Gardening tips: slime mold!

How to deal with an unsightly garden visitor

Editor’s Note: The University of New Hampshire Cooperative Extension provides weekly gardening columns in which Jeremy DeLisle answers questions from local gardeners. 

Q: After the recent rain showers, which I am so happy to receive, there is a strange pinkish-orange slime in my garden which looks unsettlingly like my dog couldn’t keep his meal down. It’s pretty gross-looking stuff. Any idea what it could be? Should I be concerned about an alien invasion?

A: It sounds as though you have an interesting garden visitor know by the not-so-flattering name of slime mold. These are fungus-like organisms often recognized by the aggregation of tiny amoeba-like organisms that swim or drift together in films of water on the surface of decomposing organic matter. As they merge, they consume bacteria crossing their path.

Once several of these cells merge, they form an aggregation in which the cells fuse together to form what is known as a plasmodium. This is what we see and recognize in our gardens. It may range in color from white or yellow to pink, orange, or brown. Although brainless, this plasmodium is able to move in search of food and can determine when resources are scarce enough to warrant reproduction for survival. Eventually, spores are produced that will drift away on wind or be carried on by animals to settle in new locations where the process will begin all over again.

Where to find them
Preferred habitat for slime molds include garden mulches, damp forest floors, rotting logs, and anywhere with ample amounts of moist organic matter. Moisture is key to survival for this organism, which will continue to grow and move while suitable conditions exist.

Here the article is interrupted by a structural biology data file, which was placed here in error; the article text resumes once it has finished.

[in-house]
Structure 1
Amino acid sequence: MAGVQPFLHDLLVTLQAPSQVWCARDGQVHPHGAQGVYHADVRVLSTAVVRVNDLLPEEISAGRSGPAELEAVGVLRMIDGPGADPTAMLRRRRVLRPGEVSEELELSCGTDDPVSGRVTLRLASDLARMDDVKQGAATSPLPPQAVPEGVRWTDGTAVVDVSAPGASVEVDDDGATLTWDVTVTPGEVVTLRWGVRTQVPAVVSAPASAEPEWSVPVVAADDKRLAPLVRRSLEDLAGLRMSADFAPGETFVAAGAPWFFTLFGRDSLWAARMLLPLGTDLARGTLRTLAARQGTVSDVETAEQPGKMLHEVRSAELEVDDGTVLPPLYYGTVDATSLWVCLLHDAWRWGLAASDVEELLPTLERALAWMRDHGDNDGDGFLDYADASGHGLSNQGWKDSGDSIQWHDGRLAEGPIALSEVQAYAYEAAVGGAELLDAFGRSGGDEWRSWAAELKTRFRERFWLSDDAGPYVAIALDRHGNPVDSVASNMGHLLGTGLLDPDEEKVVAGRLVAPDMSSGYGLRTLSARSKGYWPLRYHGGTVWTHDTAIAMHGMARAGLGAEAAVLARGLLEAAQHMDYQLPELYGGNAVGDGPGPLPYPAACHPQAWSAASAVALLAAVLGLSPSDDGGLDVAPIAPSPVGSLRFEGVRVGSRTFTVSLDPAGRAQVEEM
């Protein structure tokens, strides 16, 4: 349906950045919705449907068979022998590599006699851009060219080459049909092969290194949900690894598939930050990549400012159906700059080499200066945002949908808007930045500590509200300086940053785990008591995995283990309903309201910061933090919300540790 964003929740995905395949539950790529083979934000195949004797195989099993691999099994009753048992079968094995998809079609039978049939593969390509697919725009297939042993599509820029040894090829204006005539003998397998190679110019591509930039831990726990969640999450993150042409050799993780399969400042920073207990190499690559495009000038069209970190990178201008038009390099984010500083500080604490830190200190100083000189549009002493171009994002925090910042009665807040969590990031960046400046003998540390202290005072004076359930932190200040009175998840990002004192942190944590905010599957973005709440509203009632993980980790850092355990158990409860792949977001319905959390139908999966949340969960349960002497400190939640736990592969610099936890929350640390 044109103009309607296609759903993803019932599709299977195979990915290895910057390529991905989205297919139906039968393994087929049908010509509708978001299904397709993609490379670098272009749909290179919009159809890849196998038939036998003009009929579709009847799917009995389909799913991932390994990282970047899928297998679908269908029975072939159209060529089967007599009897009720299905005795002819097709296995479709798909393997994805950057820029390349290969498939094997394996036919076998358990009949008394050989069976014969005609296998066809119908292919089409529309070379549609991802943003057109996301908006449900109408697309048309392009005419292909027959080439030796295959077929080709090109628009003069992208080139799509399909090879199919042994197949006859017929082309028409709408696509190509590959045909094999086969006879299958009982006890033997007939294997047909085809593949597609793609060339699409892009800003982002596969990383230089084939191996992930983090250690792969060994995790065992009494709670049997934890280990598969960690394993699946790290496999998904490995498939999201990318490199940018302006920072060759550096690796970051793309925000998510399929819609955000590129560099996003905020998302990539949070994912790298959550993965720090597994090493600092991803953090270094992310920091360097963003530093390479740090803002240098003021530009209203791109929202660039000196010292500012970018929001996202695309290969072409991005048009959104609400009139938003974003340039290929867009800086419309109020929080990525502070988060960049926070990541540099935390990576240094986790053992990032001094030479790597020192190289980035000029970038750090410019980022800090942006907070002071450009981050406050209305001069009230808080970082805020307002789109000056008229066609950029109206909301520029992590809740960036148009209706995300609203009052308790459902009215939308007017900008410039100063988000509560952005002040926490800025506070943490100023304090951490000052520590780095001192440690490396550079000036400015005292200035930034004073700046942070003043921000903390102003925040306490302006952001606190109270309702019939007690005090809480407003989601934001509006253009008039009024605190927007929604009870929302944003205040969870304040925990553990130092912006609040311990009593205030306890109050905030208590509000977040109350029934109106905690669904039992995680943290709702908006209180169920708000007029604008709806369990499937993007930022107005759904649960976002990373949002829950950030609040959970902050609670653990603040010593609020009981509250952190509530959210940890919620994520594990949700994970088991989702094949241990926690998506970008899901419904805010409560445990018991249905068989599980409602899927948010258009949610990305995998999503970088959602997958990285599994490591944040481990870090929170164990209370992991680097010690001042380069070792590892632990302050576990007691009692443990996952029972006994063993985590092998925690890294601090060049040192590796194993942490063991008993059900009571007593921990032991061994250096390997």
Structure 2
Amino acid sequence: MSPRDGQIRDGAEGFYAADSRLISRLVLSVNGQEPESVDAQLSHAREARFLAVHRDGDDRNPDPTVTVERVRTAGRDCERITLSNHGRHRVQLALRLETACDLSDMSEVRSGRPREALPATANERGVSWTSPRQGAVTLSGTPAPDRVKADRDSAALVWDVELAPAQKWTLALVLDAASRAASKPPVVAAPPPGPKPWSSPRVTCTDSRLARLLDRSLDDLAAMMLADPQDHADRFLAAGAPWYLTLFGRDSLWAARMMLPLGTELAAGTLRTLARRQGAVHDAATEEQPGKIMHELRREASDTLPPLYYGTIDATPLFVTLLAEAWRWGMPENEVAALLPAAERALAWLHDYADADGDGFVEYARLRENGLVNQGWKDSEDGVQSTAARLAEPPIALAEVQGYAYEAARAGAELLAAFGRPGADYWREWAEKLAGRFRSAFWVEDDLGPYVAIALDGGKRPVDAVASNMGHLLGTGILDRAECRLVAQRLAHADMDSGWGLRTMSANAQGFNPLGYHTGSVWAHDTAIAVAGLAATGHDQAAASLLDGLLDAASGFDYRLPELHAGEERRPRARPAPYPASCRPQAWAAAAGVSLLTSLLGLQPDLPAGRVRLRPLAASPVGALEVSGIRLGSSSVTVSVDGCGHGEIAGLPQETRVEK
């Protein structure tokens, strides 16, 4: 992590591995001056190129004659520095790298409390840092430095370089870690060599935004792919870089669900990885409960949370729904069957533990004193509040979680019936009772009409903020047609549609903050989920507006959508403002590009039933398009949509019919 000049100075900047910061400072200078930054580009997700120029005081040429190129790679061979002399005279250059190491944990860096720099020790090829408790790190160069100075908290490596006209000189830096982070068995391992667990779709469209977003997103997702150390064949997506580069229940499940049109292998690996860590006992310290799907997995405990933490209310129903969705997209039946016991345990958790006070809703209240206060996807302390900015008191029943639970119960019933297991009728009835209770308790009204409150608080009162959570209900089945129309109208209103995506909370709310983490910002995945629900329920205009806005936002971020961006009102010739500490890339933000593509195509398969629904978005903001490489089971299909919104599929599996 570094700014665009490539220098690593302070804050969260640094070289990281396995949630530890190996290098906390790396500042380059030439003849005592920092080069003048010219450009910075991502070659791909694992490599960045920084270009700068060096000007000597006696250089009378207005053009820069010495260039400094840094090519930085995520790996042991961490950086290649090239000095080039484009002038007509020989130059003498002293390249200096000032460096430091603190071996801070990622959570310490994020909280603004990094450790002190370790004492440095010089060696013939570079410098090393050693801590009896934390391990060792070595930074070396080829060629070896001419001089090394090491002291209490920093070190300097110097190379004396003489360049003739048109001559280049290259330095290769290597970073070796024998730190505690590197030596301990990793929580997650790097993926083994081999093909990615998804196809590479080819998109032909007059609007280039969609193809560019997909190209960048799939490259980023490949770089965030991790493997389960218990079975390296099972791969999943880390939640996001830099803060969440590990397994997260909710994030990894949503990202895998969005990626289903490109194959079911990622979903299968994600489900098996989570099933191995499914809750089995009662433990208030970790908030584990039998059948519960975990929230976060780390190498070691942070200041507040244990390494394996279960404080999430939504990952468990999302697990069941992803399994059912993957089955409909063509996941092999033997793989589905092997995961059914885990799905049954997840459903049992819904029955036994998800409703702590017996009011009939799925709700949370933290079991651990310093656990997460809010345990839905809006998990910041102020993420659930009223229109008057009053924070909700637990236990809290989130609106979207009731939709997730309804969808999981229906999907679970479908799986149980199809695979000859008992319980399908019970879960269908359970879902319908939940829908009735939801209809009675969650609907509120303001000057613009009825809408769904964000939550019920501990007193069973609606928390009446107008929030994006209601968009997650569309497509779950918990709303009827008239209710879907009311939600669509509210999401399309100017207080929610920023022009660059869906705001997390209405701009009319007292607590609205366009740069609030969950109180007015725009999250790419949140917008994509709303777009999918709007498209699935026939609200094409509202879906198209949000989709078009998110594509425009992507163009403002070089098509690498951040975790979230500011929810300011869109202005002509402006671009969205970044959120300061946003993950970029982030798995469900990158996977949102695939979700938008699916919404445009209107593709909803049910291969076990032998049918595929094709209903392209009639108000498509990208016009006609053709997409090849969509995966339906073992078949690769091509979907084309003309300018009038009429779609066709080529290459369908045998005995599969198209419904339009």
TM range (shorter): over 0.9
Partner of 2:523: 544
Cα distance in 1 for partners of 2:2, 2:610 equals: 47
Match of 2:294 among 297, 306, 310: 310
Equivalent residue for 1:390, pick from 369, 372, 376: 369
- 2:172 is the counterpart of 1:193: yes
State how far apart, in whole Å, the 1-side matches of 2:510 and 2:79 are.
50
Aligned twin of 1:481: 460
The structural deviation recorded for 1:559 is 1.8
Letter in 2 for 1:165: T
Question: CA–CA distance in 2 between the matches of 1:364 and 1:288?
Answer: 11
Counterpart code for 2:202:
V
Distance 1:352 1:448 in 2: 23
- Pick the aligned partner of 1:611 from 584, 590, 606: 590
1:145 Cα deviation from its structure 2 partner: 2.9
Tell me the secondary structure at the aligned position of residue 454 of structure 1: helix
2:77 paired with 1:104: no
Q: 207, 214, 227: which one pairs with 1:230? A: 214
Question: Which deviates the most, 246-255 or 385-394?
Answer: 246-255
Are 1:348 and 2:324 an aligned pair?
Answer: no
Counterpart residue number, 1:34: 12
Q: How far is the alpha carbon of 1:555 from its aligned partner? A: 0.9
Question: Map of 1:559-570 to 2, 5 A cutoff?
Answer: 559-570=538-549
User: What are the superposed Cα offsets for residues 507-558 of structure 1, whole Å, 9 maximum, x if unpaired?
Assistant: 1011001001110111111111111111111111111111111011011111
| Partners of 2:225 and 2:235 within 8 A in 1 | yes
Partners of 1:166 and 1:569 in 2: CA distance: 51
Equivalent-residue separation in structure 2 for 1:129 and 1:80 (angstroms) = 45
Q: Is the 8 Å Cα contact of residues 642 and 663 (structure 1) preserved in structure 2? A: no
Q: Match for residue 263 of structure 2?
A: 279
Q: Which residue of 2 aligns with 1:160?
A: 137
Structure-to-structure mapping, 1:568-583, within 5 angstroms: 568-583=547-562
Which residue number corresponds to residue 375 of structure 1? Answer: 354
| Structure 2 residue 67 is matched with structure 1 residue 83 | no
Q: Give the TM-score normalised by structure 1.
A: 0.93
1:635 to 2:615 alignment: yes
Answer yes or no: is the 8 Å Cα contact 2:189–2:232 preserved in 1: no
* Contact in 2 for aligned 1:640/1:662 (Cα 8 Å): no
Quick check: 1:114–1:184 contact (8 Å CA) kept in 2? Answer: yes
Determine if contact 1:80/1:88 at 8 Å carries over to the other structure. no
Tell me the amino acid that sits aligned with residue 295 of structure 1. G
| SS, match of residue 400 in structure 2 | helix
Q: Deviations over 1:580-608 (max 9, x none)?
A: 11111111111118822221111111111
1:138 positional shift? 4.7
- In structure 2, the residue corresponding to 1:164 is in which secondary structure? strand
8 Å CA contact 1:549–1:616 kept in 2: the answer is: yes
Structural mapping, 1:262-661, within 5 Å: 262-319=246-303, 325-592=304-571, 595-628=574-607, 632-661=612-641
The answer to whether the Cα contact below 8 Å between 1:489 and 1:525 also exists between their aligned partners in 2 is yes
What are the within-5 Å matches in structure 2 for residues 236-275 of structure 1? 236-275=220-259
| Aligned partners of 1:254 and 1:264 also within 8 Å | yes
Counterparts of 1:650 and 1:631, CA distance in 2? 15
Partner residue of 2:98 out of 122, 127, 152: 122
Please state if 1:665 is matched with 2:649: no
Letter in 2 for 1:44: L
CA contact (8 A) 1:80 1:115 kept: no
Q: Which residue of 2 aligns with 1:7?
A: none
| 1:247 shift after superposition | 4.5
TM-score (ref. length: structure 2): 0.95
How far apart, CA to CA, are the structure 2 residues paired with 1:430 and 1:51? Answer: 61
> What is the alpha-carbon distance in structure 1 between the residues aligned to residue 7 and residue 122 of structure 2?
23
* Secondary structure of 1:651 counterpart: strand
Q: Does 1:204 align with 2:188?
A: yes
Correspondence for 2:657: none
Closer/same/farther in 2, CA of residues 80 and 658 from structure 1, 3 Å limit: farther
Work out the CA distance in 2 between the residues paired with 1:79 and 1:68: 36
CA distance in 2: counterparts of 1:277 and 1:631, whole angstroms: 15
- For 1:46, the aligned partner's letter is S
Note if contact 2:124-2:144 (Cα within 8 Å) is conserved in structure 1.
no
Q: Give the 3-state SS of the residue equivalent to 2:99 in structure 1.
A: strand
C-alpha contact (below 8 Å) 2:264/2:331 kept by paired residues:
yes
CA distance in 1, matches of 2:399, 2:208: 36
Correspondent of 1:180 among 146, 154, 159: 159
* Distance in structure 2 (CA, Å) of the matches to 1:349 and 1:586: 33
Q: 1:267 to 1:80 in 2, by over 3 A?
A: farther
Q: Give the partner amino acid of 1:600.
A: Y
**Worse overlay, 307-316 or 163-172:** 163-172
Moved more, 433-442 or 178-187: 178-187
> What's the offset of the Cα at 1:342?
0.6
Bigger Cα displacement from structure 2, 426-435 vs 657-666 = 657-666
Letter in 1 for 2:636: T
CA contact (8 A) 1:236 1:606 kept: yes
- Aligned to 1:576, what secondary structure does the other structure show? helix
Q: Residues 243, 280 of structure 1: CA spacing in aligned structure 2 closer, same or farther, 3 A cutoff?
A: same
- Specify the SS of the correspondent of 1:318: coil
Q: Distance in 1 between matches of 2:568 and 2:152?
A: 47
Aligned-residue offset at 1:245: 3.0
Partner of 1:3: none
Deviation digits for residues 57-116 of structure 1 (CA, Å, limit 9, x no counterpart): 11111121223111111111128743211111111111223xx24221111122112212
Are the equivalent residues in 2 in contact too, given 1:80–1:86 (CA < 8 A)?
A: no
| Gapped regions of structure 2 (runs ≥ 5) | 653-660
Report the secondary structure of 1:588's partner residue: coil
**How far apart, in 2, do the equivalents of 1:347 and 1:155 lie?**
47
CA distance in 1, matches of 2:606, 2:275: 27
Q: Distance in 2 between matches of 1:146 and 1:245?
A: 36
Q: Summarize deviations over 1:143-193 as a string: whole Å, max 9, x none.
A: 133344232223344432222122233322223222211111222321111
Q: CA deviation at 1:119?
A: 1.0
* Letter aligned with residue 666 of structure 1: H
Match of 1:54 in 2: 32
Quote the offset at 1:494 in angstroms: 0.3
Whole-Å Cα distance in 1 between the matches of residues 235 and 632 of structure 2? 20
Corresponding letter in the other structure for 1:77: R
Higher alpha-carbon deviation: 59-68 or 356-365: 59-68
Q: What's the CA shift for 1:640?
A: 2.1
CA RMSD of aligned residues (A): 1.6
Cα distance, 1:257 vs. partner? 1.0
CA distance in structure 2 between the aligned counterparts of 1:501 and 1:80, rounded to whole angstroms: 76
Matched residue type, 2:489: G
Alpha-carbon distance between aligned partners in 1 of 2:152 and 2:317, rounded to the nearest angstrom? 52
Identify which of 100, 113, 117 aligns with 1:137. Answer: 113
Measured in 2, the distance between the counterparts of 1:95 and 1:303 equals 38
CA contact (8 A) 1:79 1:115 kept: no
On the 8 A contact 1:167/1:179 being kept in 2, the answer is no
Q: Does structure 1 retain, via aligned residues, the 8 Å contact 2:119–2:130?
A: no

Yes, slime molds can move, although slowly in relation to the pace we are accustomed to, and may grow up to a foot or two in diameter. Some species grow much larger, but those we regularly see in the garden here in New Hampshire generally don’t exceed this size. This is to say, gardeners needn’t worry that they will grow to envelop their gardens. Whew!

What’s a gardener to do?
Control in the home garden is for aesthetic purposes only, as the slime mold will not cause harm to your healthy garden plants. It will, however, aid in the decomposition of decaying organic matter, thus fulfilling its role in the nutrient cycling process. Once moist environmental conditions recede, slime molds will release their spores and the aggregation will die.

Gardeners looking to quickly remove these interesting growths from their gardens need only rake or cultivate them into existing mulch or turf to break them up, or collect them along with a small portion of surrounding organic matter and remove it from the garden.

In-the-know gardeners should know that these little marvels of nature will likely return at some point when conditions are favorable; however, we can all rest assured that we are not witnessing an alien invasion or reoccurring case of canine indigestion. Rather, our gardens are functioning as they should, serving as a healthy environment for fascinating organisms such as slime mold to complete their life cycles. From this gardener’s perspective, a garden good enough for slime mold is good enough for me.

Jeremy DeLisle is the program coordinator for the UNH Cooperative Extension Education Center. The center answers questions about gardening and more at [email protected], or by calling 877-398-4769 Monday through Friday, between 9 a.m. and 2 p.m.